This is a constitutional law question. I am presuming we are talking about speech. Generally, limitations on speech, where allowed, must be no greater than necessary, and must be "viewpoint neutral."
That means that the limitation cannot depend on the content of the speech--the "viewpoint" of the speaker.
For example, if you allow speech in a park, you might legitimately limit the volume level, but you could not allow people who like hamburgers to speak without also allowing vegetarians to speak (or vice versa). A law allowing hamburger eaters to speak but not allowing vegetarians to speak would violate viewpoint neutrality and would be struck as unconstitutional. Such a law would discriminate based on the viewpoint of the speaker (meat is good v. meat is bad).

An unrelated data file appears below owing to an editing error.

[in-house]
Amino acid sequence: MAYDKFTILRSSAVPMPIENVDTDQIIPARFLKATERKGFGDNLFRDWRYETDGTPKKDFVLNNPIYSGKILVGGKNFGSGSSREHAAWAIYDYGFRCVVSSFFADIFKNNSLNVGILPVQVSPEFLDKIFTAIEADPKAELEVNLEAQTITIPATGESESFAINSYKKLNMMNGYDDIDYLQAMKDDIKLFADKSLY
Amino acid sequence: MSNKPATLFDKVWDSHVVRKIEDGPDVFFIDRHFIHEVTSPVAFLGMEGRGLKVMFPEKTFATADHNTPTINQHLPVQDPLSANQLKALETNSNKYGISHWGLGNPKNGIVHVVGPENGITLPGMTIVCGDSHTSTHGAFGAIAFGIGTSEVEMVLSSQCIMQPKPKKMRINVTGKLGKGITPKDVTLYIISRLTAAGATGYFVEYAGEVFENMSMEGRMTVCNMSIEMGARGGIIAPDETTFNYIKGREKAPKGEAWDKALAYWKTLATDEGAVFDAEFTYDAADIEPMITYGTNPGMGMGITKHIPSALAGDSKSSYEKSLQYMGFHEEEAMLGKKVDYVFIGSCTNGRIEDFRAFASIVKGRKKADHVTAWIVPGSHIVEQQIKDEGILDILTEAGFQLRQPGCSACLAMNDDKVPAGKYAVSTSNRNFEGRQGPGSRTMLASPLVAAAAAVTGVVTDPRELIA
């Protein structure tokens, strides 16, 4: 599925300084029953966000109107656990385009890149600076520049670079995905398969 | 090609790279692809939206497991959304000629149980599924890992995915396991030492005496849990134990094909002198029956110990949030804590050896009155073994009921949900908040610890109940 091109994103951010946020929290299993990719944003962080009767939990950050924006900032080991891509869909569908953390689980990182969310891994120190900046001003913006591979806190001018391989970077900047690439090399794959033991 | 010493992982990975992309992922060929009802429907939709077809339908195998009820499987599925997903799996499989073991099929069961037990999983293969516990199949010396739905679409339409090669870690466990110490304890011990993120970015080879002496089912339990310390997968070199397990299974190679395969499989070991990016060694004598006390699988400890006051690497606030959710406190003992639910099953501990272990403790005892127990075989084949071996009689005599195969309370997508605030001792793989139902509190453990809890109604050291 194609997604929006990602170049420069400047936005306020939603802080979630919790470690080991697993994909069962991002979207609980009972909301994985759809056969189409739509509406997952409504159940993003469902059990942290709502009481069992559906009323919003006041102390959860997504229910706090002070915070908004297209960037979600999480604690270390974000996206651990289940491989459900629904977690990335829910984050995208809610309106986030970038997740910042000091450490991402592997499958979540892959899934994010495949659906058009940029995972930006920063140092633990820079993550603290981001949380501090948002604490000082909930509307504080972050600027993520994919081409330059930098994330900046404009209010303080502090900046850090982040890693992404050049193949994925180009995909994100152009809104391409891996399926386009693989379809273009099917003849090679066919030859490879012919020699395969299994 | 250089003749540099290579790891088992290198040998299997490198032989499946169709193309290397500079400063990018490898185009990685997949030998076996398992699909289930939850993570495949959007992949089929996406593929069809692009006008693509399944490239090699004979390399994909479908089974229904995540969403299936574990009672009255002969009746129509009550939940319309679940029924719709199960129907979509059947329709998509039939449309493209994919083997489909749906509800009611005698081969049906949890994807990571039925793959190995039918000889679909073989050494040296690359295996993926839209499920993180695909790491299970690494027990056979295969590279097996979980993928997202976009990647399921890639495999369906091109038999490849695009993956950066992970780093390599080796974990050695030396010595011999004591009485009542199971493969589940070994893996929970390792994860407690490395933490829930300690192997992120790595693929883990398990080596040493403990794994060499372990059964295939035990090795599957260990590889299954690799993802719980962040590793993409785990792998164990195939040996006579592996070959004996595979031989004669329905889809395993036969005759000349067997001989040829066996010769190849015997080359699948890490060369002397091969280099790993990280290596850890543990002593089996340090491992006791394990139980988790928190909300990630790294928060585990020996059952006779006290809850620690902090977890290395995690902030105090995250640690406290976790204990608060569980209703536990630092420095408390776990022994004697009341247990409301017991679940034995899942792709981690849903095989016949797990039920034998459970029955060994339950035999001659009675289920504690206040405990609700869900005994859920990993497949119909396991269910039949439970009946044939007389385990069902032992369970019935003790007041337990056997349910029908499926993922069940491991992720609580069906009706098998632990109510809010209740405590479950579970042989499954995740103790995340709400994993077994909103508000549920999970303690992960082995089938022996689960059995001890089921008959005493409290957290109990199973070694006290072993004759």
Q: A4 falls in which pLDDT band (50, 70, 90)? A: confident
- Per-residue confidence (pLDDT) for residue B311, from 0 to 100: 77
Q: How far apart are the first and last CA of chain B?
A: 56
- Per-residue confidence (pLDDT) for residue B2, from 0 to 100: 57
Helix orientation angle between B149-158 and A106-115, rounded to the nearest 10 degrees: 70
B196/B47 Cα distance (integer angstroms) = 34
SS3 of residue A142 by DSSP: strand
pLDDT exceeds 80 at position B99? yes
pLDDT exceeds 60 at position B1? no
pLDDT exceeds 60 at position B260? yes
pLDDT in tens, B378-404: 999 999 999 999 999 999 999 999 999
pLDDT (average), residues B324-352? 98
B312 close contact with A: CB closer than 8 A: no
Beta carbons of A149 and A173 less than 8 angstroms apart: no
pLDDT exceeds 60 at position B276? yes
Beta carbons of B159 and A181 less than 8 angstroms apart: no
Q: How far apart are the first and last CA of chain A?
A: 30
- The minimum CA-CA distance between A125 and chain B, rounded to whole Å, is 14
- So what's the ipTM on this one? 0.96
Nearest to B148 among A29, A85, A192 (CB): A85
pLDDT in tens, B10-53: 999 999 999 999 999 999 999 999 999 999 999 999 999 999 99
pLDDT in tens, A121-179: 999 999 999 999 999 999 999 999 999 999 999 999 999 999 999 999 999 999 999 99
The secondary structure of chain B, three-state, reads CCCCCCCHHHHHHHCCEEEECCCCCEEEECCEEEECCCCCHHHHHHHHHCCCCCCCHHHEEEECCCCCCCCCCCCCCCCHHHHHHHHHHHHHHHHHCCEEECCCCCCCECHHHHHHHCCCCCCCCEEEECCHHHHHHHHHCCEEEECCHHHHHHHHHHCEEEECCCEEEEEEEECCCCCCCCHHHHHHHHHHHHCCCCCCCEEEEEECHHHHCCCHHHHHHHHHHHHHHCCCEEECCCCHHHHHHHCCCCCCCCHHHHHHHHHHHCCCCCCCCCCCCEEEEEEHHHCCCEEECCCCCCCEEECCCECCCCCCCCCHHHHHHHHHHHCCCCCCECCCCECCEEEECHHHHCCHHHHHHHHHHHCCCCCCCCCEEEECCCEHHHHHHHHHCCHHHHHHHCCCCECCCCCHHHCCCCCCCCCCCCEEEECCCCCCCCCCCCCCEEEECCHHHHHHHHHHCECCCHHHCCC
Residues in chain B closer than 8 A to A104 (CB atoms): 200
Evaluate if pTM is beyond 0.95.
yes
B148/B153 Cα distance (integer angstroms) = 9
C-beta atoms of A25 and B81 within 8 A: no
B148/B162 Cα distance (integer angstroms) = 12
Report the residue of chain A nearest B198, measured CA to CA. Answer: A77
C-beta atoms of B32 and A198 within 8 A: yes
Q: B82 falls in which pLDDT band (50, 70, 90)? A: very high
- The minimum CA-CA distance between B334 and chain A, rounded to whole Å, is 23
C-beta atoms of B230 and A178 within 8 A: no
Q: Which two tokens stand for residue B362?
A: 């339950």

It is the constitution itself (the highest law in the United States) that prevents viewpoint discrimination.
However, be aware that the issue is very subtle. Private people in their own associations can limit expression. Even government owned areas like army bases can limit expression. There are all sorts of cases on what place (or forum) is appropriate for speech limitations. In places where speech may be limited, viewpoint discrimination may be legal.
Hope the overview helps!